UK has membership of EFTA, supplemented with a series of bilateral agreements concerning
      market access in specific sectors. In the case of Switzerland, well over 100 bilateral agreements
      have been concluded.

      • UK is outside EU customs union – tariff-free EU/UK trade in goods within scope, but subject to
        country of origin conditions.
      • UK is part of the single market in specific sectors, and would need to comply with EU product standards for exports to the EU.
      • UK likely not bound by EU/third country FTAs, but does not benefit from them either. UK is free to negotiate FTAs with third countries, either on its own or with EFTA, and would need to do so if it wanted to retain the advantages it currently enjoys under the EU’s FTAs.
      • UK has little formal power in making EU single market rules.
      • UK must pay for access to the single market, but probably not as much as it currently pays.
      The EU has criticised the Swiss model because of the lack of an adequate institutional framework to ensure the arrangements keep pace with constantly evolving EU legislation, and it is doubtful whether this option would be on offer from the EU side.
    • The South Korean option

       

      Relationship based on a comprehensive free-trade agreement (instead of a series of
      bilateral treaties) outside the EU customs union.

      • UK has tariff-free trade in goods, subject to country of origin conditions.
      • Potential scope to provide for UK access to the whole or parts of the EU single market for services, but UK has little formal powers in making single market rules.
      • UK would need to comply with EU product standards for exports to the EU.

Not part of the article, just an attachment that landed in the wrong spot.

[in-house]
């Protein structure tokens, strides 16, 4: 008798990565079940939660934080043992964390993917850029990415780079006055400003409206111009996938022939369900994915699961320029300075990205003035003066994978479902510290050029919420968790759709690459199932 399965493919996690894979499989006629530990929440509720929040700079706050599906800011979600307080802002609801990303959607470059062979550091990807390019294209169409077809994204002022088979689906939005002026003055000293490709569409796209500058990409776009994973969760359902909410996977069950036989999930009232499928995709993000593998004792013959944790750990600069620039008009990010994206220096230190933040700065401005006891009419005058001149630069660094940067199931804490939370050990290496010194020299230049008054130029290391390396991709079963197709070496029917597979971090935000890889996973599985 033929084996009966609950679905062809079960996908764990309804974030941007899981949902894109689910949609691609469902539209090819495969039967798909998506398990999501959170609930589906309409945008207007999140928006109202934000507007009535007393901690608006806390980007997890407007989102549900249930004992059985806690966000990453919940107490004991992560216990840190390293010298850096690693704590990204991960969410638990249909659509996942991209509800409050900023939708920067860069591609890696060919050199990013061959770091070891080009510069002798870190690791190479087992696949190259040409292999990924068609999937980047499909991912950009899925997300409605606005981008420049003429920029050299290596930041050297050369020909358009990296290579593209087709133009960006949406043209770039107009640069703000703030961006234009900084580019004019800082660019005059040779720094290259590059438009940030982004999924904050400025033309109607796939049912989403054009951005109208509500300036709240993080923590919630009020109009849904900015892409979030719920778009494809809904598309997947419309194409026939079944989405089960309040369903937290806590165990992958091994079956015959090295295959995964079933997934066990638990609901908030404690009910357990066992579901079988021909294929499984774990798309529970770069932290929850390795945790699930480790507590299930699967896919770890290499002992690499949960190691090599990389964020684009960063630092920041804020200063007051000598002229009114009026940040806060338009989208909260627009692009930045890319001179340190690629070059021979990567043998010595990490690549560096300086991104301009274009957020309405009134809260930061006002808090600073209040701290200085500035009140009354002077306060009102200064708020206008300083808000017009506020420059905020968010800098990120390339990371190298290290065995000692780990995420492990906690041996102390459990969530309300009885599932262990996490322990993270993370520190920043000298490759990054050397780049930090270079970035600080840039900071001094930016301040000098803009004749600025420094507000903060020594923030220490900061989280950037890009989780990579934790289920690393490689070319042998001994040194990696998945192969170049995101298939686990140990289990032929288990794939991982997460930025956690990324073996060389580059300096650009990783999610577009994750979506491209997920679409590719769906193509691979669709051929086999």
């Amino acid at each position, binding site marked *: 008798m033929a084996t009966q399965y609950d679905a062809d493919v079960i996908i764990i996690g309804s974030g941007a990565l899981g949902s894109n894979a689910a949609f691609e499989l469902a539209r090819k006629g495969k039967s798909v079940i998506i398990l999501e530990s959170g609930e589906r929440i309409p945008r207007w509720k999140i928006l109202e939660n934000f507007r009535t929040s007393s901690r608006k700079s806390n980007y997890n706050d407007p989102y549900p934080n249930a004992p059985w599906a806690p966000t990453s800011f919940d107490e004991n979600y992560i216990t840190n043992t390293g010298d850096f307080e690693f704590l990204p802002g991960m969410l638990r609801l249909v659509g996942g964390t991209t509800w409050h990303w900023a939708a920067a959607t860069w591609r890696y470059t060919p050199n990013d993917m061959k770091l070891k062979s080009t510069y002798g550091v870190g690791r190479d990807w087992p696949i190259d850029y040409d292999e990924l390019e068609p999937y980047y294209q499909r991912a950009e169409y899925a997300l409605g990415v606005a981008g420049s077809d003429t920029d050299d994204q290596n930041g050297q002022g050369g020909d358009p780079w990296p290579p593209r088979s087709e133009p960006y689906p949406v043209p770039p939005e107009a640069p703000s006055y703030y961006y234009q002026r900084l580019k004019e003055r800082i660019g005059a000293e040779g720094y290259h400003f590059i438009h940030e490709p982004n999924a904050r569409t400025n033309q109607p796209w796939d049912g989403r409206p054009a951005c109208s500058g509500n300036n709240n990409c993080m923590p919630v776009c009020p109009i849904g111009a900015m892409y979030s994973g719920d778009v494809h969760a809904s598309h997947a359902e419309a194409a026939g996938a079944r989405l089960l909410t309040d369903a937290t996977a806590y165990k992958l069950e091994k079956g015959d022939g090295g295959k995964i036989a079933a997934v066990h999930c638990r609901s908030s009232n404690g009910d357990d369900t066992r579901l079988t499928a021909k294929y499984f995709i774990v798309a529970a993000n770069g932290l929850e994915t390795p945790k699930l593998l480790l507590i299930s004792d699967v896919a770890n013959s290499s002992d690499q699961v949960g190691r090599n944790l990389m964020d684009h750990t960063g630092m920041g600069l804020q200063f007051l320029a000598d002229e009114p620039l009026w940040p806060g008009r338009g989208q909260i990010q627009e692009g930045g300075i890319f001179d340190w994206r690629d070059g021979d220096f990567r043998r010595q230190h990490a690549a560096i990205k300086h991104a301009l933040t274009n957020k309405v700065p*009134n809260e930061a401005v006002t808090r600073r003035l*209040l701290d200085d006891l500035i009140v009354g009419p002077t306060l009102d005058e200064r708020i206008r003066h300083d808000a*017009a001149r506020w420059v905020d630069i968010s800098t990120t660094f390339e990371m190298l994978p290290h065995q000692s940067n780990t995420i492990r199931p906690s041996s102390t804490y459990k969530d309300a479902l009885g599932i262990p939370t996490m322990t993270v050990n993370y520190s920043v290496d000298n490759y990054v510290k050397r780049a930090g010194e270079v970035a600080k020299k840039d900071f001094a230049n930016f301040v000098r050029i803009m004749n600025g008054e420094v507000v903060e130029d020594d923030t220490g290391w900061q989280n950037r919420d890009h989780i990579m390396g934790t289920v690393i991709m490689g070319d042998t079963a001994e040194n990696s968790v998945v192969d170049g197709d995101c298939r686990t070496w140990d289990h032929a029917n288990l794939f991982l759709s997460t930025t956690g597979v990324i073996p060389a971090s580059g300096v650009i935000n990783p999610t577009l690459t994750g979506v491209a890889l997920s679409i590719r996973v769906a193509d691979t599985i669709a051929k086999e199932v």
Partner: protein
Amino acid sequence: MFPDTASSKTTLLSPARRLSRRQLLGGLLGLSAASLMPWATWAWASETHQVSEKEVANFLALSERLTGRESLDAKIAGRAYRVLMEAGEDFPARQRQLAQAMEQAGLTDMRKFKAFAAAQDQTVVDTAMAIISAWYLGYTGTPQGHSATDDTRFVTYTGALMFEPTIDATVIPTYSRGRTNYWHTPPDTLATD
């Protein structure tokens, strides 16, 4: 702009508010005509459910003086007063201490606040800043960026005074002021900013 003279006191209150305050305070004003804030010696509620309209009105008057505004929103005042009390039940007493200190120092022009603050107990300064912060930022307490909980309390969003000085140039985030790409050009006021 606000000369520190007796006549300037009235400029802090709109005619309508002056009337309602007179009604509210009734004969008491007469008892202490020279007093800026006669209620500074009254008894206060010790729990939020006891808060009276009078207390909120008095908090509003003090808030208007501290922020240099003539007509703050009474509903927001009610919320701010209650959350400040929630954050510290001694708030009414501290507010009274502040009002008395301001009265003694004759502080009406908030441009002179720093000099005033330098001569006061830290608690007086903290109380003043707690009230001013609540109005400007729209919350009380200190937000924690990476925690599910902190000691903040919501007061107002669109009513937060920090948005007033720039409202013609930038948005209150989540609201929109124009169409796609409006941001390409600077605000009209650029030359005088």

• UK likely not bound by EU/third country FTAs, but does not benefit from them either. UK is free to negotiate FTAs with third countries, either on its own or with EFTA, and would need to do so if it wanted to retain the advantages it currently enjoys under the EU’s FTAs.
      • UK makes no contribution to the EU budget.
      In theory this option is very flexible, within WTO limits, although it is likely to take a long time to negotiate.
      Access to the single market, and influence over single market rules, would be less than at present, but the
      UK would have greater power to make its own rules.
    • The Turkish option

       

      UK has membership of the EU customs union, but little formal power in shaping EU trade
      policy or market rules.

      • As regards goods:
        • o tariff-free EU/UK trade, regardless of country of origin; and
        • o obligation for UK to apply the EU’s common external tariff to third countries (cannot negotiate own FTAs with third countries in that respect).
      • UK would need to comply with EU product/services standards for exports to the EU.
      • UK not part of the single market in services.

      The UK would have greatly reduced access to the EU market and few formal powers in those areas where it would have market access.

    • *Customs union: trade in goods between members of the customs union is tariff-free, irrespective of the country of origin of those goods. Members of the customs union all impose the same level of tariff (the common external tariff) on imports from countries outside the customs union.

      **Country of origin rules: an important point of difference between a customs union and a free trade agreement. Countries that sign up to a free trade agreement agree to eliminate tariffs on trade between them in goods “originating” in the free trade area, but retain control over the level of tariff they impose on imports from third countries.